In Sherman Alexie's "What You Pawn I Will Redeem," how is Jackson alienated from the community? How does he respond?
Jackson is alienated from the community for many reasons. The first is that he is a Spokane Indian, an Interior Salish, who lives far from where he grew up. He went to Seattle twenty-three years ago, and, after flunking out of college and working some blue-collar jobs, he finds himself homeless, addicted to alcohol, and suffering from an undefined mental illness. His life involves wandering around the streets of Seattle and hanging out with other displaced Indians from other tribes.
In addition, he is alienated from his heritage. He finds powwow regalia that he believes once belonged to his grandmother now hanging in a pawn shop. Someone robbed her of her regalia 50 years before, which is symbolic of the way in which he feels disconnected from his grandmother and from his heritage. The fact that the regalia is now in a pawn shop shows how his heritage has been degraded and disrespected.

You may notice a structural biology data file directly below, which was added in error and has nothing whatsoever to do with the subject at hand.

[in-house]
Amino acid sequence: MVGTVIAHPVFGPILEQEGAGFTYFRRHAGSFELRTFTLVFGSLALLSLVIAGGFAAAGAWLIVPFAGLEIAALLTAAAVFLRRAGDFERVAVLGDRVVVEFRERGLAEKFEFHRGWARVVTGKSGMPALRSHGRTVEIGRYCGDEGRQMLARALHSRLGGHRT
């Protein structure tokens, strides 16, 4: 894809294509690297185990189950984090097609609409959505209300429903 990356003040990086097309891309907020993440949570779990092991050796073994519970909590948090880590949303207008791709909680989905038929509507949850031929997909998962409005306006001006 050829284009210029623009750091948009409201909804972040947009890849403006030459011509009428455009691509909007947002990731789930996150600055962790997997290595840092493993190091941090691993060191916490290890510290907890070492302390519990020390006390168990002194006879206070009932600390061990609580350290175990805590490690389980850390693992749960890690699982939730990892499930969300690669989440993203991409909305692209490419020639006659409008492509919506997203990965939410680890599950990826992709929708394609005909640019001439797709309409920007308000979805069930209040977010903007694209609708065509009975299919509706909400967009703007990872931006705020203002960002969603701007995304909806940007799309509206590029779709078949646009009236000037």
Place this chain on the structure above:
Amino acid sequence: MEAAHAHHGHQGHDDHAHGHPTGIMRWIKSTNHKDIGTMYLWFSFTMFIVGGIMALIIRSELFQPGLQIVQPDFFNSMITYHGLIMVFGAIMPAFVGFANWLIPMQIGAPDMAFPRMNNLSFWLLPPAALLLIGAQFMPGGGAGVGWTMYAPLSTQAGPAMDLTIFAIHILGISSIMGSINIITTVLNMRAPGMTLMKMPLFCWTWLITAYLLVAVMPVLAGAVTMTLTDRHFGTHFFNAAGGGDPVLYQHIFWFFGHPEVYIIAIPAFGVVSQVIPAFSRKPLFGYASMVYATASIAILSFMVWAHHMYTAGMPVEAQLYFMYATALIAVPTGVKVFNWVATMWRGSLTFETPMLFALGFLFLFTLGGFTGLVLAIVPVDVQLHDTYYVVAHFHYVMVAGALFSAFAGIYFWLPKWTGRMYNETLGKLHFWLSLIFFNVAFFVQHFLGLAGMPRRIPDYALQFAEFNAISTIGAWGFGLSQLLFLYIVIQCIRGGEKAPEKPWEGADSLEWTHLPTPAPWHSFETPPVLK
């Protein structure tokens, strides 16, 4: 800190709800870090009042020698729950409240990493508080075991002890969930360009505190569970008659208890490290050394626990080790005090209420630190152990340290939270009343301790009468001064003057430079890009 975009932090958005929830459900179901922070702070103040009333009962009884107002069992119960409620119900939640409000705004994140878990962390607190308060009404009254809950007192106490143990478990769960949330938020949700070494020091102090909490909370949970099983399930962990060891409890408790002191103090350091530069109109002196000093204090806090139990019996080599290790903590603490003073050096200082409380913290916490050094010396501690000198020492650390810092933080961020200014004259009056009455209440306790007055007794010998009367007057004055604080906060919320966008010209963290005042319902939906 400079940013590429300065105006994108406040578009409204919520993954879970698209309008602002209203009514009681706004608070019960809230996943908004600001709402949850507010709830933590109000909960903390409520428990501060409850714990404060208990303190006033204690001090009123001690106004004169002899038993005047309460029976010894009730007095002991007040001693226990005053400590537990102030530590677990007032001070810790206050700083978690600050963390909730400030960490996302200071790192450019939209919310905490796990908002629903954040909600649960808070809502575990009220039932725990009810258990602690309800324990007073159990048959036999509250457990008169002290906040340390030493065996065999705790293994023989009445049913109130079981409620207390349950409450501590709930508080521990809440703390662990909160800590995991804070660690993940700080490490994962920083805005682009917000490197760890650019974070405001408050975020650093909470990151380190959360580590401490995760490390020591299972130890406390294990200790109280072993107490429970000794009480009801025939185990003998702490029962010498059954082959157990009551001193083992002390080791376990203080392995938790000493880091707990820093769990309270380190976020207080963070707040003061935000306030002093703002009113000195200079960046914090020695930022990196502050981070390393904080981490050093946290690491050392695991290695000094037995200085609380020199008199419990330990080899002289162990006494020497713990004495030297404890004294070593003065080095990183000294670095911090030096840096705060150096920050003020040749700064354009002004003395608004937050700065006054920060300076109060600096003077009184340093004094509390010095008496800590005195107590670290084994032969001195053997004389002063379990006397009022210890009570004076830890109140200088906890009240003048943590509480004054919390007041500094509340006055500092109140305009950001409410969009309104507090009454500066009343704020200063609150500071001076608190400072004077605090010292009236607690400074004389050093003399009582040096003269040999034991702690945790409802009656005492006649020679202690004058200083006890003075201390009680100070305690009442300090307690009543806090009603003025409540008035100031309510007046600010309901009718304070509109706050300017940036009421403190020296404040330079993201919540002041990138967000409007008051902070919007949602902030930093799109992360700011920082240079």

Jackson responds to his alienation mainly through passivity—drinking and being aimless. However, as the story goes on, he is motivated to find the money to buy back his grandmother's regalia, a sign that he is taking a more active route to connecting with his past and his heritage.
In "What You Pawn I Will Redeem," Jackson is alienated from his community in a number of ways. He is an Interior Salish Native American from Spokane who left his hometown for college, then dropped out and developed an undiagnosed mental illness that eventually resulted in his homelessness. He describes himself as invisible in Seattle because he is one of so many homeless Native American people. Additionally, the owner of the pawn shop in which he finds his grandmother's powwow regalia refuses to return it at first and argues that the police wouldn't help him due to disbelieving him. Jackson is thus physically alienated from his Salish community because he left for Seattle with no means of returning, and is an invisible, disrespected member of his local community due to his mental illness and homelessness. As a mentally ill alcoholic, he primarily responds to his alienation in the form of excessive drinking.